The New York Times, which had won a record 127 Pulitzer prizes and citations before this year, received three more on Monday, including the commentary prize for Nikole Hannah-Jones’s personal essay launching the newspaper’s sweeping 1619 Project, which “seeks to place the enslavement of Africans at the centre of America’s story,” in the words of the Pulitzer board.
The board also issued a special citation to Ida B. Wells, the African American investigative journalist and civil rights activist. Wells, who was born into slavery in Mississippi in 1862, traveled the Deep South chronicling the use of lynching to oppress black Americans.
The journalism prizes often go to venerable institutions such as the Times or the Post, but they are also won by local publications whose work does not always gain national attention. Jeffery Gerritt, editor at the small newspaper Palestine Herald-Press in Palestine, Tex., won the editorial writing prize for columns detailing how pre-trial inmates died in jail without adequate health care.
Whitehead wins again
Among the awards for letters, music and drama, Colson Whitehead won the fiction prize for the novel The Nickel Boys, chronicling the horrors of an abusive reform school in Jim Crow-era Florida. He won the same award for his previous book, The Underground Railroad, three years ago.
In a statement issued through his publisher, Doubleday, Whitehead said the news of his winning Monday was “pretty nuts!”
“Obviously I’m very honoured and I hope that it raises awareness of the real-life model for the novel — The Dozier School for Boys — so that the victims and their stories are not forgotten,” he said.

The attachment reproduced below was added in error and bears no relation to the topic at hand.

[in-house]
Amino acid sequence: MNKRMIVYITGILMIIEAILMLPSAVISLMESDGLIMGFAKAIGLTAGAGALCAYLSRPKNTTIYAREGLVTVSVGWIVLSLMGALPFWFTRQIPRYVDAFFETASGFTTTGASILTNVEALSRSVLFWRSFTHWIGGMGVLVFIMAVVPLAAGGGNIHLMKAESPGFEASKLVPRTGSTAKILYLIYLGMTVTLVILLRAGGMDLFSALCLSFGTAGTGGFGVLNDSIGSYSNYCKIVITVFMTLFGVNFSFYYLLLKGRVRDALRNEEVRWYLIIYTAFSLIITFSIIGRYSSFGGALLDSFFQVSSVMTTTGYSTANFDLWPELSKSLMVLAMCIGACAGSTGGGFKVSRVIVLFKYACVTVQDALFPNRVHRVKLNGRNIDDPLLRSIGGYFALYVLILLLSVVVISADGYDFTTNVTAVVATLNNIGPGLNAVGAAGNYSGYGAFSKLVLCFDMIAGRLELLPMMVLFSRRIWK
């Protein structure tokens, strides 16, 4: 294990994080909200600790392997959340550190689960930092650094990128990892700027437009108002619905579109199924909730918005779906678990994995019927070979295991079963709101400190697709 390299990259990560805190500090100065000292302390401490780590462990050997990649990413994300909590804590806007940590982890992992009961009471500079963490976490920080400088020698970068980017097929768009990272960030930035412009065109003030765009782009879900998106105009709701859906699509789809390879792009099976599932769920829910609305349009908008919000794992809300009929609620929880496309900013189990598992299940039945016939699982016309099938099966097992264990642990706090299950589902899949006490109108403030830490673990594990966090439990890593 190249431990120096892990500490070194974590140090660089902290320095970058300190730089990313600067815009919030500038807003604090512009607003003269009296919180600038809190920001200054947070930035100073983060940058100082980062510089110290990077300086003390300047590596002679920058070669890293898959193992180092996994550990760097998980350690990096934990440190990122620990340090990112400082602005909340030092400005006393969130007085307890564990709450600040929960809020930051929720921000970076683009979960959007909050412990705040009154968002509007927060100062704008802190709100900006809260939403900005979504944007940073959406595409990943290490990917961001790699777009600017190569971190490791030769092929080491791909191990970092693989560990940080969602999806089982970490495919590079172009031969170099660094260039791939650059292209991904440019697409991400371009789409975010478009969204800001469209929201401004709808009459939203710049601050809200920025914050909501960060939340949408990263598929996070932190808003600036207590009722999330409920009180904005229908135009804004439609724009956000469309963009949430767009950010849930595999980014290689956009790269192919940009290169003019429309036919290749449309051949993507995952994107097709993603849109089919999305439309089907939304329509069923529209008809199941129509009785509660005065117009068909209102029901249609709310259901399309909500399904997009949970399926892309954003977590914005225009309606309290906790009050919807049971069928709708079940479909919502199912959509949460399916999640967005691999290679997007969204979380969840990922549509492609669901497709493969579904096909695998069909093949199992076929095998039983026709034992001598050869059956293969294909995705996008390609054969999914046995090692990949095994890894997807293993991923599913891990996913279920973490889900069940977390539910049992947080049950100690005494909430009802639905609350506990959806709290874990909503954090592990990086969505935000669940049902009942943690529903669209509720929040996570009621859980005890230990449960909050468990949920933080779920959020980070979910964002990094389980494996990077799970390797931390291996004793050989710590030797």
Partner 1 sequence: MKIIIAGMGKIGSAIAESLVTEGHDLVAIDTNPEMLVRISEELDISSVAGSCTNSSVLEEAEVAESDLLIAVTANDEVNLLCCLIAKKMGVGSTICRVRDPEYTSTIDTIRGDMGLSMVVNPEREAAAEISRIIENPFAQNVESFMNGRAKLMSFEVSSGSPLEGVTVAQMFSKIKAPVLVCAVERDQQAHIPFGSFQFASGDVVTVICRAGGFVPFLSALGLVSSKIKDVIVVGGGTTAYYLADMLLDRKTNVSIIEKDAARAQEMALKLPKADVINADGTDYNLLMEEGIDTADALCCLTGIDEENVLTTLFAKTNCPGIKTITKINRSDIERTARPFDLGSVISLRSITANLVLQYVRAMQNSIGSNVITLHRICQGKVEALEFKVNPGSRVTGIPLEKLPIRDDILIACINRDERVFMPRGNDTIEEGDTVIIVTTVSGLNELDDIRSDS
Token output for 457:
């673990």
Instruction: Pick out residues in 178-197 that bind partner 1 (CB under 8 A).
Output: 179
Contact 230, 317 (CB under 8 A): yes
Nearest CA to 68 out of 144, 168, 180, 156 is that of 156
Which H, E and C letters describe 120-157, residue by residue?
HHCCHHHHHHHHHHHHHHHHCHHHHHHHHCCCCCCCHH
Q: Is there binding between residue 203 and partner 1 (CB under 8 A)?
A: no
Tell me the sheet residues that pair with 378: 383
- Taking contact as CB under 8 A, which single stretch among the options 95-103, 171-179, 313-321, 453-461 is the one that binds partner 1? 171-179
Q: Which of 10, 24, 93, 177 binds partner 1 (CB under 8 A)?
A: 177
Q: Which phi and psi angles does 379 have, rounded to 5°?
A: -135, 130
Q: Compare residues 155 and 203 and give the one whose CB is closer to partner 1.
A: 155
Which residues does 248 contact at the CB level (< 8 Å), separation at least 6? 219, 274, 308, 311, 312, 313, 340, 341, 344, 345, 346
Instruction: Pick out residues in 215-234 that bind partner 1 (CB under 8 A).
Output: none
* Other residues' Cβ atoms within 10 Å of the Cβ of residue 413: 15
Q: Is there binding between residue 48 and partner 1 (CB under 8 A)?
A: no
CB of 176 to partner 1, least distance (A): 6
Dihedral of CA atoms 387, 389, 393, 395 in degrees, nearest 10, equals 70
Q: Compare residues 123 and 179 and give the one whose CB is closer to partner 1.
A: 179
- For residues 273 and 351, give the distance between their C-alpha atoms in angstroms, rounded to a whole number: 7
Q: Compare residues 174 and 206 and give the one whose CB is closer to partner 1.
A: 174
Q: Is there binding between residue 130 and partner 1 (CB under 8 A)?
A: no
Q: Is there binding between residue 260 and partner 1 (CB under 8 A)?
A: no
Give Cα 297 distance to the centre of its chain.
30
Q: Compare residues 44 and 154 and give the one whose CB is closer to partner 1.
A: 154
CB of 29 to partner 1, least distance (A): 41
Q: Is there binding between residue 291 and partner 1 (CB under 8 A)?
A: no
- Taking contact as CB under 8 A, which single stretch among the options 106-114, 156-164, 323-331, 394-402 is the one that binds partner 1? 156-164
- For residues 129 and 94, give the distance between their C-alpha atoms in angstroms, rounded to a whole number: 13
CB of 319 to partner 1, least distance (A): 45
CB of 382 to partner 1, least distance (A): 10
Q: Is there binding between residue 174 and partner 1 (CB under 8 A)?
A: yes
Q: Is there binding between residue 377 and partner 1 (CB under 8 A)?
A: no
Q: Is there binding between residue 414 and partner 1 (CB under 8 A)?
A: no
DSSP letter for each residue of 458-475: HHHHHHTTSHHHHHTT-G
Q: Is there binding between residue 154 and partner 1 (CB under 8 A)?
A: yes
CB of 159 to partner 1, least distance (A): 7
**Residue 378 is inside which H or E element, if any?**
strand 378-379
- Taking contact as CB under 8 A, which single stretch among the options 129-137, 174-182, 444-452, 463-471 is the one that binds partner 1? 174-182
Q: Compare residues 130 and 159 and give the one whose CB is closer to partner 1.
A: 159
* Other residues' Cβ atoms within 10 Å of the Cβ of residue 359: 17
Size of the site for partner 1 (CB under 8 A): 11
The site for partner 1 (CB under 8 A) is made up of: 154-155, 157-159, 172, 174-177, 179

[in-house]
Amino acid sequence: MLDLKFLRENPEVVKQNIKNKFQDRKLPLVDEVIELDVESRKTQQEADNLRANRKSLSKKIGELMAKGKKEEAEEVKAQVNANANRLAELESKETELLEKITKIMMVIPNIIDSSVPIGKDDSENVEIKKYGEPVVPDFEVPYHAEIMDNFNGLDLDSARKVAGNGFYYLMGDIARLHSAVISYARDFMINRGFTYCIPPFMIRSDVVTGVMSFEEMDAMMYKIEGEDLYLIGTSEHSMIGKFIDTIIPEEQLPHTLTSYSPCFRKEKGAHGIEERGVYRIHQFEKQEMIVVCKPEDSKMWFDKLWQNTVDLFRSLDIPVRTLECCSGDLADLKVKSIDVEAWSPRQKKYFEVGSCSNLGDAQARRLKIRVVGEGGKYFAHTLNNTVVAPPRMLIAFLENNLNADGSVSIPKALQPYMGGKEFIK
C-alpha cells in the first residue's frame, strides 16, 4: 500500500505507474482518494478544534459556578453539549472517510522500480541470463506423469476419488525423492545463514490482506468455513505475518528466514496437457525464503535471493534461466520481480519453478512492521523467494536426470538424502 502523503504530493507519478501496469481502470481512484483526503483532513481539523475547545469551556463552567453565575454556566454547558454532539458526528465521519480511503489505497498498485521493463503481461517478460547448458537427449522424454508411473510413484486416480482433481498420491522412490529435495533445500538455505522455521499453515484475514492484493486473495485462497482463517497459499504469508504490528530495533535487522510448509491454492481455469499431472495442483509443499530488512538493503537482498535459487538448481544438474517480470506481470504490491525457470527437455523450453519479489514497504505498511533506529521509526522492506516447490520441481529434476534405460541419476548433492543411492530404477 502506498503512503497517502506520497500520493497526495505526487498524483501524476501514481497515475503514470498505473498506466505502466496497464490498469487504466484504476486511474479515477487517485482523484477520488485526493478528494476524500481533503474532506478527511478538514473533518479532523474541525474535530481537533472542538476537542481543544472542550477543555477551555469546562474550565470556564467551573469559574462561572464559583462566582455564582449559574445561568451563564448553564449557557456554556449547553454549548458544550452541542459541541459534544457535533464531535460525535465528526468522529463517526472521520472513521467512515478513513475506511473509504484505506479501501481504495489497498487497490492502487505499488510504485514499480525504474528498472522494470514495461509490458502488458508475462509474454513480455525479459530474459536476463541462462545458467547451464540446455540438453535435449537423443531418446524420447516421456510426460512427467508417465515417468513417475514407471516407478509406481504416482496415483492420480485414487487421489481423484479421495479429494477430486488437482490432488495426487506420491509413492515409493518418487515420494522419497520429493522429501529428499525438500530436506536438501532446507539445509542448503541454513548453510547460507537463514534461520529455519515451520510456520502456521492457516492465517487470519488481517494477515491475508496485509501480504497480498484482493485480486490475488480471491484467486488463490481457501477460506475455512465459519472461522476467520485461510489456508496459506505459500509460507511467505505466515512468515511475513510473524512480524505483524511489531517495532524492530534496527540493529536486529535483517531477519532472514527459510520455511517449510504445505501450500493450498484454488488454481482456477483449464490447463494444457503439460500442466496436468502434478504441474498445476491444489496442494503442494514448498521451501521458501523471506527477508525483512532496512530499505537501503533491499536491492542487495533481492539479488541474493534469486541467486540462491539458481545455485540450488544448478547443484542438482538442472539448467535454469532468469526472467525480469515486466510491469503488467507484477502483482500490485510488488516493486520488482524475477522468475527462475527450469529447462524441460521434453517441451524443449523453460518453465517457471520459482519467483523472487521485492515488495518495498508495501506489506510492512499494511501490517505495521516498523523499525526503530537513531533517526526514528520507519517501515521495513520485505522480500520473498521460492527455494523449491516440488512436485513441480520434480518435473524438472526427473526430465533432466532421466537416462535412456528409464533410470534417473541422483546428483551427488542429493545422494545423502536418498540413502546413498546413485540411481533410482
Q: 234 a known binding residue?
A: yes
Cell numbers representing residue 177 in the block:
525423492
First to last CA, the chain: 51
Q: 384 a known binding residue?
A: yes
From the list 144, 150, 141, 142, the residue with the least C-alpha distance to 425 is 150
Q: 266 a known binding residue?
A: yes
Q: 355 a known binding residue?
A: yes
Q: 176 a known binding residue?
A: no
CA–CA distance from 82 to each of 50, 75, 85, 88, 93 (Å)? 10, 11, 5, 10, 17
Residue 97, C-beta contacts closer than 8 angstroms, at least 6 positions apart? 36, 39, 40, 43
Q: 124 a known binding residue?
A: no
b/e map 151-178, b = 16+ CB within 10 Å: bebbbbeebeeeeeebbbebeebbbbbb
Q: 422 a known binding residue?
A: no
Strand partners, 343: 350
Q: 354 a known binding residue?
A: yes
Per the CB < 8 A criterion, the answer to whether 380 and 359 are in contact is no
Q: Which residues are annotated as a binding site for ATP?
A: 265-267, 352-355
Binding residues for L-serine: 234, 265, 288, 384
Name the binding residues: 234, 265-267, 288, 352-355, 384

Judges praised The Nickel Boys as “a spare and devastating exploration of abuse” that is “ultimately a powerful tale of human perseverance, dignity and redemption.”
Whitehead, 50, is known for his experimental narratives and immersion in American history and folklore. His previous works include John Henry Days and The Intuitionist. William Faulkner and John Updike are among the previous fiction writers to win more than one Pulitzer, but not for books that immediately followed the other.
The music award went to The Central Park Five, an opera by Anthony Davis about the five African American and Latino teenagers who were wrongly convicted in the 1989-90 “Central Park jogger” rape case in New York.
The Pulitzer board called the opera “a courageous operatic work, marked by powerful vocal writing and sensitive orchestration, that skilfully transforms a notorious example of contemporary injustice into something empathetic and hopeful.”
Michael R. Jackson’s A Strange Loop, a musical about a man trying to write a musical, won for drama. Jackson, who wrote the music, story and lyrics, centres on an overweight, overwhelmed “ball of black confusion” trying to navigate multiple worlds — white, black and gay — as well as his family’s religion.
The Pulitzer board called it a “meditation on universal human fears and insecurities.” The play was seen off-Broadway in 2019 at Playwrights Horizons. Musicals rarely claim the Pulitzer, with only Next to Normal and Hamilton winning since 2010.
W. Caleb McDaniel won in history for Sweet Taste of Liberty, in which she chronicles how a former enslaved person, Henrietta Wood, successfully sued the Kentucky law enforcement officer who contrived to sell her back into bondage after she had obtained her freedom.
Benjamin Moser’s Sontag: Her Life and Work, about the late Susan Sontag, won for biography. There were two winners in general nonfiction: Greg Grandin’s The End of the Myth: From the Frontier to the Border Wall in the Mind of America and Ann Boyer’s’ The Undying: Pain, Vulnerability, Mortality, Medicine, Art, Time, Dreams, Data, Exhaustion, Cancer, and Care.
In poetry, the winner was Jericho Brown’s The Tradition, a meditation on life during a time of mass shootings and police violence. Judges called it “a collection of masterful lyrics that combine delicacy with historical urgency in their loving evocation of bodies vulnerable to hostility and violence.”